There are few American museums that do not have at least one, and some have dozens: the little, two- or three inch high, brown-glazed Japanese tea jars with ivory lids, huddled together on the shelf of a seldom opened storage case. Once, each jar in this pitiful group was a cherished object, supplied not only with a lid but with one or more display bags of costly silk, a turned-wood storage case, and one if not several storage boxes attractively inscribed with the jar's name and the names of its several owners. For centuries, tea caddies (chaire) were considered the single most important utensil in the complex array of utensils required for chanoyu, the tea ceremony. When the ownership of many of these jars passed into the hands of Americans or Europeans in the late nineteenth century (at a time when traditional Japan was reeling from the sudden impact of the totality of Western culture) and, finally, from the foreign collectors to museums, the layers of accessories were just so much space-taking clutter and the ink scribbles on the boxes were illegible. So the little curios were stripped of their protection and pedigree, and jumbled together like foreign orphans adopted and given a new identity - the registration numbers of the museum.
It is only through the opportunity of handling a kindred jar still preserved in the setting provided by its Japanese owners that one can begin to understand what each of the museum jars once must have been. Of course, some jars were never given more than the minimum outfit - a single silk bag and a simple wooden box - if their ordinary glaze or undistinguished shape suited them only to everyday use, or if their owner's means were modest.
In the practice of chanoyu today, usefulness alone is considered deserving of respect and care in handling. One further purpose of Tea, however, is to cultivate the eye that can glance over a hundred similar brownglazed jars and pick out the one that is distinguished by a richer coloration and a more satisfying proportion. That individuality is acknowledged by giving the jar a name. Some jars became known to tea practitioners, or chajin, by their owner's name, being called simply "Rikyu's apple-shaped jar" or "Matsuya's square-shouldered jar." Other jars were named, especially from the seventeenth century onward, in reference to an image from classical poetry. If the outstanding qualities of the jar were confirmed by general opinion, it became named in the wider sense of being considered to set a standard: it acquired the status of meibutsu or "named object," where name is equivalent to fame.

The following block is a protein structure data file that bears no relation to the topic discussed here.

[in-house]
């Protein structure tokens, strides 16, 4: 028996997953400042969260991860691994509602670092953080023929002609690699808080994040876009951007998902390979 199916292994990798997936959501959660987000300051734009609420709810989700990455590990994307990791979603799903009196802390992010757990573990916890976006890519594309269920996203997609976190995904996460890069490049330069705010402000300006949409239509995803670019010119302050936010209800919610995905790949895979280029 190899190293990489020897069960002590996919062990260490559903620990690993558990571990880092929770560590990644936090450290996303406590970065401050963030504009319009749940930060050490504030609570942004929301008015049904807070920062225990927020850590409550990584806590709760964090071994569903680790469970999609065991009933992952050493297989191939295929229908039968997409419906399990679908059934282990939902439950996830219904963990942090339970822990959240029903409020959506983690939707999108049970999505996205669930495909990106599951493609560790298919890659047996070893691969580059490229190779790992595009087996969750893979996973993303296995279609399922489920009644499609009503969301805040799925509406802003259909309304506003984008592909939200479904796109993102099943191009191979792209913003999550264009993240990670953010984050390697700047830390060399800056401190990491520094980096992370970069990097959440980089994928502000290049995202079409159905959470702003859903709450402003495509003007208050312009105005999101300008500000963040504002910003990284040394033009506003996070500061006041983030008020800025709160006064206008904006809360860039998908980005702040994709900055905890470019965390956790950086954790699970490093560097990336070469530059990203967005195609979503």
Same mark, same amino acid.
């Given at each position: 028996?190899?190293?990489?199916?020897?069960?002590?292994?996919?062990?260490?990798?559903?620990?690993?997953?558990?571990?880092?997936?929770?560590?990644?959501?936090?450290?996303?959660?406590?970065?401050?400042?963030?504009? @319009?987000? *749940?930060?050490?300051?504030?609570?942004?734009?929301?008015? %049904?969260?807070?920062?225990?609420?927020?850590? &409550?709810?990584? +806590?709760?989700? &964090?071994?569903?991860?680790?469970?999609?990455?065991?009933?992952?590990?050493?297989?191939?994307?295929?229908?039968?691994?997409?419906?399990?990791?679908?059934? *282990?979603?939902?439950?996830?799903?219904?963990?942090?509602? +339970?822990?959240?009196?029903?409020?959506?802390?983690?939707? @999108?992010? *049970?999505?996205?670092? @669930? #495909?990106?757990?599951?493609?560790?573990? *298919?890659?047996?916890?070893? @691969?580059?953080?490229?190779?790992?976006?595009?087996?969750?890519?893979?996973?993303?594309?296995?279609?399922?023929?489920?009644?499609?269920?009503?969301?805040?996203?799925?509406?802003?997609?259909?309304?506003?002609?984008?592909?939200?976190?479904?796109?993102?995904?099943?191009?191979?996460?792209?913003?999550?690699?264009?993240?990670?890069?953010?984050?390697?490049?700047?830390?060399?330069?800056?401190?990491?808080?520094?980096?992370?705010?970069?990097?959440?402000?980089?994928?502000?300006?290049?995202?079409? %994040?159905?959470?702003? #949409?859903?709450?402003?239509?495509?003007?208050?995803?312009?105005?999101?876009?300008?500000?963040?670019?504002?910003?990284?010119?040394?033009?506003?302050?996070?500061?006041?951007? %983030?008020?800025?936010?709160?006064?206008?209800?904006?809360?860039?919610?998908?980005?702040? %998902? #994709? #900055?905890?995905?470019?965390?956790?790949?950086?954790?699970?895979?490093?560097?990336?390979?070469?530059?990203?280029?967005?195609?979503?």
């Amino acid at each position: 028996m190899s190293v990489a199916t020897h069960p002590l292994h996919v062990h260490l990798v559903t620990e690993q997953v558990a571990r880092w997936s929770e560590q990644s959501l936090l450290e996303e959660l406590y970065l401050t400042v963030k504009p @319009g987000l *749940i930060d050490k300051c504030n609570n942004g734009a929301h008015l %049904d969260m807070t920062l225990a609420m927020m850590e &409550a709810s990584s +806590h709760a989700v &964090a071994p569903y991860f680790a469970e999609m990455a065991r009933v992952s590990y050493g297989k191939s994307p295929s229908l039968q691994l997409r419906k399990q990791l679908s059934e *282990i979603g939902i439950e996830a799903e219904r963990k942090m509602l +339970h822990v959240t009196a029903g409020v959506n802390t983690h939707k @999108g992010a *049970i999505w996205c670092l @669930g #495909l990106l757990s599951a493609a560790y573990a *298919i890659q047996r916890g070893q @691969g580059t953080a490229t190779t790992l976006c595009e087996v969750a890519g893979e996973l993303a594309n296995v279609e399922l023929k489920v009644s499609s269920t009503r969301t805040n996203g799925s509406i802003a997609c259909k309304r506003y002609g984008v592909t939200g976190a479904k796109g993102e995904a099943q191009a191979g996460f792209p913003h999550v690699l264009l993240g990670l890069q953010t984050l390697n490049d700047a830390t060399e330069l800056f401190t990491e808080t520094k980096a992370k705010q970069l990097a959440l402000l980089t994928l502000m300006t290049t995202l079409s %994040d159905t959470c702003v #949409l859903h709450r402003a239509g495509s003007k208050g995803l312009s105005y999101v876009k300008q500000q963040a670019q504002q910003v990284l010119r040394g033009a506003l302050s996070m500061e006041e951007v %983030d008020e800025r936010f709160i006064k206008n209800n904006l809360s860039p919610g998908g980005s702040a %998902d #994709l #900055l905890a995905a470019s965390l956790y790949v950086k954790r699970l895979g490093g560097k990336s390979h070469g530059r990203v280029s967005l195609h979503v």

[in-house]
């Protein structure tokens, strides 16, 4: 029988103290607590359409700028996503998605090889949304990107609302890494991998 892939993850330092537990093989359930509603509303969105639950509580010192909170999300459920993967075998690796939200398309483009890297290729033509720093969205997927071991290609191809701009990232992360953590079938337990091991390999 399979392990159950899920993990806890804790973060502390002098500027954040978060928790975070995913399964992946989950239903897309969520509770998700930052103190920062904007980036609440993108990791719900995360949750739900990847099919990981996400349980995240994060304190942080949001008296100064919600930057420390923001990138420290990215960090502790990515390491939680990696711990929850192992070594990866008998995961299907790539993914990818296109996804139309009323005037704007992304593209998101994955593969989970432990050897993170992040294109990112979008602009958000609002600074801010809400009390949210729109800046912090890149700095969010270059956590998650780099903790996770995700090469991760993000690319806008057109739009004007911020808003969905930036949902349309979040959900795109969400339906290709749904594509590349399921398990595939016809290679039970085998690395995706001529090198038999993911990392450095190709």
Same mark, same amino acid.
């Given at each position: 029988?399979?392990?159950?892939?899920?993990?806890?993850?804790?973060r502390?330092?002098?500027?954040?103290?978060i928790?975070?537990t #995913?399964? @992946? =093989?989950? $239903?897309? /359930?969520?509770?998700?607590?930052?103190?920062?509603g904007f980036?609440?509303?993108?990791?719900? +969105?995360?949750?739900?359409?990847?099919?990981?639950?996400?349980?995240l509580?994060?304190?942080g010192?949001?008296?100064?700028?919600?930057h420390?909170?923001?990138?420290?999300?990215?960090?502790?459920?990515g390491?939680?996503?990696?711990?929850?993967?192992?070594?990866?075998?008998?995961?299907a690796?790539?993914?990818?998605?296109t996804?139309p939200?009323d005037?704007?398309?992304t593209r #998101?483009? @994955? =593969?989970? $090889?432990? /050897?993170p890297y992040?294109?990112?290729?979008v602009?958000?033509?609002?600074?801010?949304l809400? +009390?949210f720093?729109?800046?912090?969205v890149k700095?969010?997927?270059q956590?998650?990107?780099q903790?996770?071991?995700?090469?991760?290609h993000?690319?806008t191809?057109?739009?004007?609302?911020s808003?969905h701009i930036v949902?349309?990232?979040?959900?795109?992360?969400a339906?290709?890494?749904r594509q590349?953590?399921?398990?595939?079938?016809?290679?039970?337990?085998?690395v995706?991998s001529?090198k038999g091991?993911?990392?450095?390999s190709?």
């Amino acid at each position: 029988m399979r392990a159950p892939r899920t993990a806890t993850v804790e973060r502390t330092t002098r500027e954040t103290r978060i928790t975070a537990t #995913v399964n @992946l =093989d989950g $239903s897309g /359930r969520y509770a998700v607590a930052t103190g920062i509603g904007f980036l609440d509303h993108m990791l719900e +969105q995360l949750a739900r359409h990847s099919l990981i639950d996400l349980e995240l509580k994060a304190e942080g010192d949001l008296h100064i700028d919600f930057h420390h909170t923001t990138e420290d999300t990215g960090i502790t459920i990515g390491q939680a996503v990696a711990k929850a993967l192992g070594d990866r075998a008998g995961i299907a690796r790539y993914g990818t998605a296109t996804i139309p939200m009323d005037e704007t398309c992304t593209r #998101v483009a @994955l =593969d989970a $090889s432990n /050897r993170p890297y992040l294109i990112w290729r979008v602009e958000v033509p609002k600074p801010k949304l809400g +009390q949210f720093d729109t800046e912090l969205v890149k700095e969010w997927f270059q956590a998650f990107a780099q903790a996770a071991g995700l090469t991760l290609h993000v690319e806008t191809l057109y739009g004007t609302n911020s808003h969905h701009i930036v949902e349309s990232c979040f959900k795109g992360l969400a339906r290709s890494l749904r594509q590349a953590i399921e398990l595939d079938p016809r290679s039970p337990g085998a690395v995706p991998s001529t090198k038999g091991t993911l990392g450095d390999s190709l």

Successive owners of such a named jar often provided an additional box for the box in which they received the jar. (This pattern holds for other tea utensils as well, although tea jars have been given special importance because of their high visibility and prominent place in the process of preparing tea, holding the small portion of freshly ground tea leaves that is whipped with the hot water in the tea bowl.) The extra box indicated respect both for the jar and for the previous owner, who had discovered it. Providing an additional box was a way of protecting the box that bore the earlier owner's inscription of the name of the jar, and sometimes the details of its history and it was also a means of authentication, since the owner customarily did not sign his own name to the box. Each successive box identified the hand of the earlier inscriber. Only when boxes were inscribed (at the owner's request, for a fee) by heads of the official tea schools did they bear that tea master's signature. Official inscriptions preserved the market value of the jar in a literal way and, at the same time, further enhanced the jar's reputation. There is no question that meibutsu tea caddies -in their layers of boxes, bags, and other containers - grew like pearls, with the luster radiating from the entire construction, not simply from the jar within - although as we shall see, the process of removing layer after layer before reaching the jar itself cannot fail to affect one's perception of the jar. A skeptic would say that it is a case of the "emperor's new clothes," but the skeptics who tossed away the coverings and put the jars, naked, into museum closets did not know what they lost - only that the jars were merely jars.